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      08-26-2011, 06:05 AM   #1
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What do you have - Garage Flooring

I am in the process of building a new home and before a single car touches the concrete surface in the garage I want to get the flooring figured out.

I figure if I do it before we move in it will provide a better surface in case I decide to go Epoxy and it will have a better survival rate, as oil and brake fluid will not allow the epoxy to cure properly.

I am really torn as I dont ever want to do it again, so I am wondering if I should go plastic tiles that clip together.

Anyone with good solid advice please chime in.

Also if I do the epoxy covering, I want a very dull (no sheen) appearance with a very rough surface (skid resistance). I saw this once, almost like it had something mixed in with it. I loved it, but can not seem to find it anywhere. Doesnt matter if it has color chips in it or not.
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      08-26-2011, 07:09 AM   #2
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In before BTM.


OP check 6sppedonline's garage sub-forum for some rediculous setups
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      08-26-2011, 07:24 AM   #3
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Almost all the epoxy coatings from homedepot/lowes have a skid resistant power you throw in while mixing. Basically just little beads. They have a matte grey type color also.

I've used the race deck plastic tiles before alot on other applications. They suck if you are always moving them around. Also you cannot turn your wheel alot while on them and not moving or else they will all come unclipped and you'll have a fun time putting them back together.
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      08-26-2011, 08:17 AM   #4
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Quote:
Originally Posted by Rotorocious View Post
Almost all the epoxy coatings from homedepot/lowes have a skid resistant power you throw in while mixing. Basically just little beads. They have a matte grey type color also.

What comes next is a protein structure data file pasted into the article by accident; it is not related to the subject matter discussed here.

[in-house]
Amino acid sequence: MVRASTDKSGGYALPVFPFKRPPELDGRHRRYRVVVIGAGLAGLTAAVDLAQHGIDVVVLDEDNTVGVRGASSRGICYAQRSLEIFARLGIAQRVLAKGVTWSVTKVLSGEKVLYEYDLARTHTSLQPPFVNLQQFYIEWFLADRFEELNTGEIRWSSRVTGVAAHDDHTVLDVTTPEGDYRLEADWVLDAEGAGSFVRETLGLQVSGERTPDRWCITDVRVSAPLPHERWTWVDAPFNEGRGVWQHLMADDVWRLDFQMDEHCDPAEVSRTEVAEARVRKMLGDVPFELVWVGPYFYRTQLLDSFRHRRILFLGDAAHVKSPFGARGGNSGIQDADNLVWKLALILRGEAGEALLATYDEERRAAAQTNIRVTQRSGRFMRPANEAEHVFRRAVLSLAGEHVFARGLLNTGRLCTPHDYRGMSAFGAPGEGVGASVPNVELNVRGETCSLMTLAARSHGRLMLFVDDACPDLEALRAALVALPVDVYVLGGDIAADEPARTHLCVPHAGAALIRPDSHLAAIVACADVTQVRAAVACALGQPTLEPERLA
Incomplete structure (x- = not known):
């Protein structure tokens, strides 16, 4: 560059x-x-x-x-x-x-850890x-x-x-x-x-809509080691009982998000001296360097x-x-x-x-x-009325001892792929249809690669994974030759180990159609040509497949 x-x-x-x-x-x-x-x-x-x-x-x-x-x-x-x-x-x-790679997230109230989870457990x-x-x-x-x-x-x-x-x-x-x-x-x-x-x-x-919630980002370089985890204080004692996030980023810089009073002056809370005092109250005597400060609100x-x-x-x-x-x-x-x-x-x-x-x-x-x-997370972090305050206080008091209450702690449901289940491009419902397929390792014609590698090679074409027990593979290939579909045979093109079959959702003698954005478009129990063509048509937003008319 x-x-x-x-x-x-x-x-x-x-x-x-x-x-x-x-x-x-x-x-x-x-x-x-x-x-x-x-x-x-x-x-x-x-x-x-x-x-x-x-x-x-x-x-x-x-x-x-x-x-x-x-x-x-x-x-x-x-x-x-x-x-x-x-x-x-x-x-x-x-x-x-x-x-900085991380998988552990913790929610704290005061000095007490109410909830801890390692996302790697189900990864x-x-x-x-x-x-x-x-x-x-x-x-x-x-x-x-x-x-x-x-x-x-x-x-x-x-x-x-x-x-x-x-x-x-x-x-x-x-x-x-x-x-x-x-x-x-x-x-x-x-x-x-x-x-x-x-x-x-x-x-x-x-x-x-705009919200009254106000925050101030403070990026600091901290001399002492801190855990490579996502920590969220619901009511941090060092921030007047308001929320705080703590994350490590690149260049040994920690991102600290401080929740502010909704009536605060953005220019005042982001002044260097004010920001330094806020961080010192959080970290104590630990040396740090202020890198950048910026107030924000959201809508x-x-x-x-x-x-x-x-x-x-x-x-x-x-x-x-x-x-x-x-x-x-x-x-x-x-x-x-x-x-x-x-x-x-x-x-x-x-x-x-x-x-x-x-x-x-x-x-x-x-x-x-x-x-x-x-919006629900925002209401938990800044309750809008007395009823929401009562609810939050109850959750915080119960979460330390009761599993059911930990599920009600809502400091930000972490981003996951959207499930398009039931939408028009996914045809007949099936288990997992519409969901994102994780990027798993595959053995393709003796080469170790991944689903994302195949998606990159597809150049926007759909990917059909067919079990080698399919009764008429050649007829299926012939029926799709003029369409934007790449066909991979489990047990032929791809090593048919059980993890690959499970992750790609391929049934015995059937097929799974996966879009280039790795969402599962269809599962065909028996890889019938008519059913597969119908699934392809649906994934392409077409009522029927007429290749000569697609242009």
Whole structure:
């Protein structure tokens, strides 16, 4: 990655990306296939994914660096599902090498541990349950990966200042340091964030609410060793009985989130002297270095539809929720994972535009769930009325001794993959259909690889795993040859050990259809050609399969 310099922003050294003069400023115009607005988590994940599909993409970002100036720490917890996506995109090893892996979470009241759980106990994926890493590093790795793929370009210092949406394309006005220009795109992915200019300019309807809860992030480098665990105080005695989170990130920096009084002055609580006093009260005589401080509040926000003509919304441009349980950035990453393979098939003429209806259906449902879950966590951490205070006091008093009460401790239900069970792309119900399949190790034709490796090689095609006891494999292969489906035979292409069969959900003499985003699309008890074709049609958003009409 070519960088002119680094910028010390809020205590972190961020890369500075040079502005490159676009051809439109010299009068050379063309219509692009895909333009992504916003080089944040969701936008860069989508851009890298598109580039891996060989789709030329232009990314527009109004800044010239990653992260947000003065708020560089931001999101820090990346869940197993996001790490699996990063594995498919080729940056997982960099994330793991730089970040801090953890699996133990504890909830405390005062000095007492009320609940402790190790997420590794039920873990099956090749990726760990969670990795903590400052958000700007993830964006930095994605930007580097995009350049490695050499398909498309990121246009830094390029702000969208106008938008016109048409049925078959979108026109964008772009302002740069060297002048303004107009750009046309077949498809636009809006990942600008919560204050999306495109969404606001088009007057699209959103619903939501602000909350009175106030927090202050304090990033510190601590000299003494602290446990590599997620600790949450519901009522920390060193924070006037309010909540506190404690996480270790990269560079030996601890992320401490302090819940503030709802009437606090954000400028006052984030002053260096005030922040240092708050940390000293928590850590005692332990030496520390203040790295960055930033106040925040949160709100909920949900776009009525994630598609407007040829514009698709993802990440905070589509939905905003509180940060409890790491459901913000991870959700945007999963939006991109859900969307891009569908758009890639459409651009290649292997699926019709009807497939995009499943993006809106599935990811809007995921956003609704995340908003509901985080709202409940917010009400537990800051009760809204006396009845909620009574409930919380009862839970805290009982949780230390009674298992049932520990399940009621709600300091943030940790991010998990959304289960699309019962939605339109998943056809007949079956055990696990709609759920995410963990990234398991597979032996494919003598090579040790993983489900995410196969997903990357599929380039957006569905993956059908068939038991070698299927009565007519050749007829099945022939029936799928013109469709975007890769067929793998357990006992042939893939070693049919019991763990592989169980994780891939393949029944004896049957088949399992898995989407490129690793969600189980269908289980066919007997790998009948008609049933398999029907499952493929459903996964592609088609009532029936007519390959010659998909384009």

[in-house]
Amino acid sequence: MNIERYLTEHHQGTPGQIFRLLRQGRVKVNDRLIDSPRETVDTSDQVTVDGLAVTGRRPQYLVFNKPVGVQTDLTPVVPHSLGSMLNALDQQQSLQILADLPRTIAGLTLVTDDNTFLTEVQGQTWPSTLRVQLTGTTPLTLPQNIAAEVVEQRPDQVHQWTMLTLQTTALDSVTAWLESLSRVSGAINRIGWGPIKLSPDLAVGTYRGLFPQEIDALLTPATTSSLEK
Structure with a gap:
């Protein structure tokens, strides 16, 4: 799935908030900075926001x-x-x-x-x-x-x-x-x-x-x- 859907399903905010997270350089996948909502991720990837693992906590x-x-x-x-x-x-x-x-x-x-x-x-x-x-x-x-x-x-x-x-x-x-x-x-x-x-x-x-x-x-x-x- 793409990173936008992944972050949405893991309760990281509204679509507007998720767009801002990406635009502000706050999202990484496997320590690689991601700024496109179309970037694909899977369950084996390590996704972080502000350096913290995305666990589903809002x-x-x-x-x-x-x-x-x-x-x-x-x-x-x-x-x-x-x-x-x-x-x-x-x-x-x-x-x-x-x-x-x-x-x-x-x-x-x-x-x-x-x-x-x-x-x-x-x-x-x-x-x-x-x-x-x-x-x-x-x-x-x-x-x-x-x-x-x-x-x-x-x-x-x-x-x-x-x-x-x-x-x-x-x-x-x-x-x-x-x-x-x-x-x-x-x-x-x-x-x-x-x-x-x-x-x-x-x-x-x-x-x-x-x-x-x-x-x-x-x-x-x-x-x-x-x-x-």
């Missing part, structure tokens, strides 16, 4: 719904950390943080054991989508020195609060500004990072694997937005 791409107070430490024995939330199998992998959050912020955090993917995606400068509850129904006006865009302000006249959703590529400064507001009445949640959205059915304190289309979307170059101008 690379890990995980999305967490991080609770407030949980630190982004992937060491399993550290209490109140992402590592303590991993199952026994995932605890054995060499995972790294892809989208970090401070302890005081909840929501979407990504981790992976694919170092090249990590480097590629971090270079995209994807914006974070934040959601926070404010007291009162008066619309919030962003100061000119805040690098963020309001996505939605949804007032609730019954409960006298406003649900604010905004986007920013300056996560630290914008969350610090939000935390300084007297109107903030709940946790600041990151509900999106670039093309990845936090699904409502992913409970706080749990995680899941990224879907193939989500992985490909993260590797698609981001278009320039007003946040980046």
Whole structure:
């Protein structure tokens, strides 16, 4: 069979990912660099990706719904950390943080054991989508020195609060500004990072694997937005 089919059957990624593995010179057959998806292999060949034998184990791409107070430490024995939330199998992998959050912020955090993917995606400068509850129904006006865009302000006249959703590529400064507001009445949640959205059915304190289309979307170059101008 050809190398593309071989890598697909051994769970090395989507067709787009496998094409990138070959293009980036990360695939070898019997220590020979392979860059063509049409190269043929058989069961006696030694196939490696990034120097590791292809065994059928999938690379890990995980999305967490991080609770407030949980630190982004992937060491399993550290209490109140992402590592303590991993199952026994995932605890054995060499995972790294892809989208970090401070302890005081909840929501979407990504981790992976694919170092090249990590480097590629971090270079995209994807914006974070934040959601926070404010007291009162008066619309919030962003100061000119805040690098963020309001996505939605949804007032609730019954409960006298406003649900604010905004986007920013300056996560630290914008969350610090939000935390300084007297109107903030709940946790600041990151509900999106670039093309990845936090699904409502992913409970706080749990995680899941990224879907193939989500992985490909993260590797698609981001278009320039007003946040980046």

I've used the race deck plastic tiles before alot on other applications. They suck if you are always moving them around. Also you cannot turn your wheel alot while on them and not moving or else they will all come unclipped and you'll have a fun time putting them back together.
Thanks for your insight!
I am thinking I may go the route of the home depot epoxy. I have read great reviews on it!
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      08-30-2011, 07:46 AM   #5
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Quote:
Originally Posted by SpmnE9zero View Post
Thanks for your insight!
I am thinking I may go the route of the home depot epoxy. I have read great reviews on it!
I've used the Behr kit there and topped it off with a clear coating using Quikrete (behr didnt have a clear)
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      08-30-2011, 09:08 AM   #6
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1st things first, if at all possible (ie, the concrete hasn't been poured yet) you're absolutely gonna want a vapor barrier everywhere you plan on having any sort of coating. It's a simple plastic layer between the earth and the concrete, which prevents water from being drawn up and becoming trapped between the porous concrete and non-porous coating, which can cause bubbles and eventual cracks in the finish.